I was fortunate enough to attend this year's quilt show at Houston. Among the many, many, MANY incredible items to tempt your credit card, was a length of the most magnificent batik I've ever seen. I got the impression that these batiks are new on the market, as several vendors had them in their booths. They are unbelieveably gorgeous.
The company is called Bold Over Batiks and the fabric is a 2.5 yard length by about 38" wide. Each end of the fabric is a kind of "panel" ... 2 vertical borders that band a multi-colored batik. Between the 2 end "panels" is a very LARGE mutli-colored batik. Down each "selvage" of each 2.5 yard piece is a another border strip. You don't have to use the length of fabric as "panels" nor do you have to use the border strips *as* borders, but they are they if you want to. I paid $43 for the 2.5 yard length, which was about the going price at the quilt show.
The vendor I bought the batik from had a wonderful sample of a Rose Window wall hanging, from a pattern company that I happen to have a couple of patterns from. I didn't have this particular pattern, so when I bought the batik, I also bought the pattern. The pattern is "Garden Gate" from Patchwork Studios. This company specializes in *easy* stained glass looking quilts. Sadly, it appears as of 2009, the "Garden Gate" pattern is no longer offered BUT do check out the link because there are many other patterns just as easy and just as beautiful.
What I finally finished, is a truly wonderful Rose Window. I used the large central section of the batik and the selvage border strips. I still have the 2 end "panels" and their borders, plus a hefty amount of the center section leftover to do something else with. Here is a close-up of the corner quilting. I used Superior metallic thread in a sparkle blue.
Here is what the batik fabric looks like: the single-headed arrows show the end "panels" (including their border strips); the double-headed arrow shows the large central section. What is less clear is that running down the length of each selvage is another border strip. The dark vertical shadows are just that .. shadows from the uprights when I was hanging the fabric .. they aren't part of the fabric.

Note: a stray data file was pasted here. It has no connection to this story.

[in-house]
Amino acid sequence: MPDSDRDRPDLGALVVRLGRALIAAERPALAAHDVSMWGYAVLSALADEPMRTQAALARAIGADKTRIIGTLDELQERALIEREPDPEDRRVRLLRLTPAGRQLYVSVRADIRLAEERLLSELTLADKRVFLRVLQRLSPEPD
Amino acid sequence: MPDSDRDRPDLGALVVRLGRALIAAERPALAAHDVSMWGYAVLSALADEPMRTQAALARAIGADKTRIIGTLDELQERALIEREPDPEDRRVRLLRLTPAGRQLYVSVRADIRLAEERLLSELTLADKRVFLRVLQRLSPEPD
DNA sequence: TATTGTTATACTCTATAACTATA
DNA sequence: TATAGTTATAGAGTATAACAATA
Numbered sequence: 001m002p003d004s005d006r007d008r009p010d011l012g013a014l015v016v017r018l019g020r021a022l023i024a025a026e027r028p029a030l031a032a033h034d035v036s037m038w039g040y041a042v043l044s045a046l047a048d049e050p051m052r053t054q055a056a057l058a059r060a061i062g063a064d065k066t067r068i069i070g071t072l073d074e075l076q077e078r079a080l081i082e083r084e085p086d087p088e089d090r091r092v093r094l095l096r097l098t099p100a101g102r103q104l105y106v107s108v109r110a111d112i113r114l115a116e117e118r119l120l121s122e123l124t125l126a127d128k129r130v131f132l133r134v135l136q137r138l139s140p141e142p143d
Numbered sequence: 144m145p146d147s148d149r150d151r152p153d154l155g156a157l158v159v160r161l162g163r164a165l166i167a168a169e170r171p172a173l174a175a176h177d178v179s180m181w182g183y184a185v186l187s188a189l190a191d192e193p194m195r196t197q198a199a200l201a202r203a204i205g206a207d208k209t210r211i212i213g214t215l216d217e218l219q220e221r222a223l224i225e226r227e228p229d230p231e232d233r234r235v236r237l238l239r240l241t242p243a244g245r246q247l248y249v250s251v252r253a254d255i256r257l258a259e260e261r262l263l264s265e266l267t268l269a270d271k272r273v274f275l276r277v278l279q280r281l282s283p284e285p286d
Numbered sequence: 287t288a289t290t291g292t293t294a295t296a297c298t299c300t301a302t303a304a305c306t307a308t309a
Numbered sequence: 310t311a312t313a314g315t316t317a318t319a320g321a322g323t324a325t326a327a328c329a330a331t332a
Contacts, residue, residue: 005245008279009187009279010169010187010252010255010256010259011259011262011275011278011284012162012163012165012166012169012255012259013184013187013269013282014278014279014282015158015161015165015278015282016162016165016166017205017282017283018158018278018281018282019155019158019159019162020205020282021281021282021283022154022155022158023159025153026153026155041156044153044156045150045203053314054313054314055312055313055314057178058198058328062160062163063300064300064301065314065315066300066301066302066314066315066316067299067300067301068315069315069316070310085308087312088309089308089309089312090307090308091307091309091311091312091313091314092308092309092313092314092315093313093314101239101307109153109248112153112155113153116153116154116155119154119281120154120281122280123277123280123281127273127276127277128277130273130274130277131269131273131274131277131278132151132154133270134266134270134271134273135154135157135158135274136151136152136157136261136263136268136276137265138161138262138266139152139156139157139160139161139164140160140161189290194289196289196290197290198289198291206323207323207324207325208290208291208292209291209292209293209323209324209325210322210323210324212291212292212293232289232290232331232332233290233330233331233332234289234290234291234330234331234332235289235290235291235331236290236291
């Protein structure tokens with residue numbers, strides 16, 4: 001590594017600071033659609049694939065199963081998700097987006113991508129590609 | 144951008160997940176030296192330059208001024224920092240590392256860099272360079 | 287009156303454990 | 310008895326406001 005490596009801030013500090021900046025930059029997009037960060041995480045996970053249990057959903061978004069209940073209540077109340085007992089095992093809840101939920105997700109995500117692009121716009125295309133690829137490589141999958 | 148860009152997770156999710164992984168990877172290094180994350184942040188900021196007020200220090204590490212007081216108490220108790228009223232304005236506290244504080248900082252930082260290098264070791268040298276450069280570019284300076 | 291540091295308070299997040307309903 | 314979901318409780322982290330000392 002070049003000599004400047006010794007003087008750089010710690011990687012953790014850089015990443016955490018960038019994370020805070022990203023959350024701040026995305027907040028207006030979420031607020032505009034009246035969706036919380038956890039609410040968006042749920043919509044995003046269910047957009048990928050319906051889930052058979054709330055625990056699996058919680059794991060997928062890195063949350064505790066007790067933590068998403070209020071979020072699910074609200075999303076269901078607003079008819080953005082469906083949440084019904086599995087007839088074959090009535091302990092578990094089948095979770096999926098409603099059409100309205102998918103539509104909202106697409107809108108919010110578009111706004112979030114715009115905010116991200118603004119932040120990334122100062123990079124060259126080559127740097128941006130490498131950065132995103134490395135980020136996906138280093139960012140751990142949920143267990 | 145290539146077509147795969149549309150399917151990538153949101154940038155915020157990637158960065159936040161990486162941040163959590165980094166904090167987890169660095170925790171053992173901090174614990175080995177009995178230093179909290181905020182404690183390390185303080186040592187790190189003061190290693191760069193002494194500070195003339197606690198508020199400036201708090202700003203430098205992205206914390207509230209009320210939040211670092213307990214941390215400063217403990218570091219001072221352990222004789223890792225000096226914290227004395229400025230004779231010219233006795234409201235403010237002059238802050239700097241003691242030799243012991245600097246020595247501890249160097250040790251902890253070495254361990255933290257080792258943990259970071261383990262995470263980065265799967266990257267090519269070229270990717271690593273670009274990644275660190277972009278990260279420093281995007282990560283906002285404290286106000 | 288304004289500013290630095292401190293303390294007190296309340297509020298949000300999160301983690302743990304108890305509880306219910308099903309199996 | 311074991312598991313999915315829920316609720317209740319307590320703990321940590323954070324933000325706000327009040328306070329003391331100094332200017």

So, why is it called Easy Stained Glass (or as I like to call it "Faux Stained Glass")? The answer is simple: because you cheat, that's why! It's an incredibly easy and fast way to create a simulated "stained glass" look. Instead of using many separate pieces of bias to create the leading around the individually cut fabric inserts (as done in traditional stained glass projects), you cheat by using 2 pieces of fabric: one for the background and one for the frame/leading. :-)
The background fabric needs to be one whose look you just love. The fabric can be a landscape, a floral, a novelty, a tie-dye, a marbled look .. really, just anything you think you'd like to see thru a window.
The frame and leading lines are ONE PIECE OF FABRIC and are therefore the same color. Windows are cut from this fabric to allow the background fabric to show through.
You layer the frame/leading fabric over the background fabric and simple satin stitch over all the raw edges. It is just that simple ... and tedious. My Rose Window was boring, boring, boring to satin stitch; I nearly fried my one brain cell. Once the stained glass piece is constructed, you can then add additional, optional borders; decorative quilting; appliqued motifs. The stained glass piece can be sandwiched, quilted and used as a wall hanging; used a block in a larger project; made into a pillow cover.
I've taught this technique as a class in local quilt stores and at one of the Arizona Quilting Retreats with great success. I've made 4 samples (below) for the class, as well as the above Rose Window:
|an Asian waterfall|
|a jungle pillow|
Linda Putman of Arizona has *really* excelled at this technique and has made many Faux Stained Glass projects as gifts. Her recipients think she's done something far more intricate than she really did ... but we'll all keep her secret! :-)
I would encourage all of you to at least take a look at the Bold Over Batiks website .. honestly , the pictures do not do the fabric justice. I *wish* was affiliated with them ... but, alas, I am not. ;-)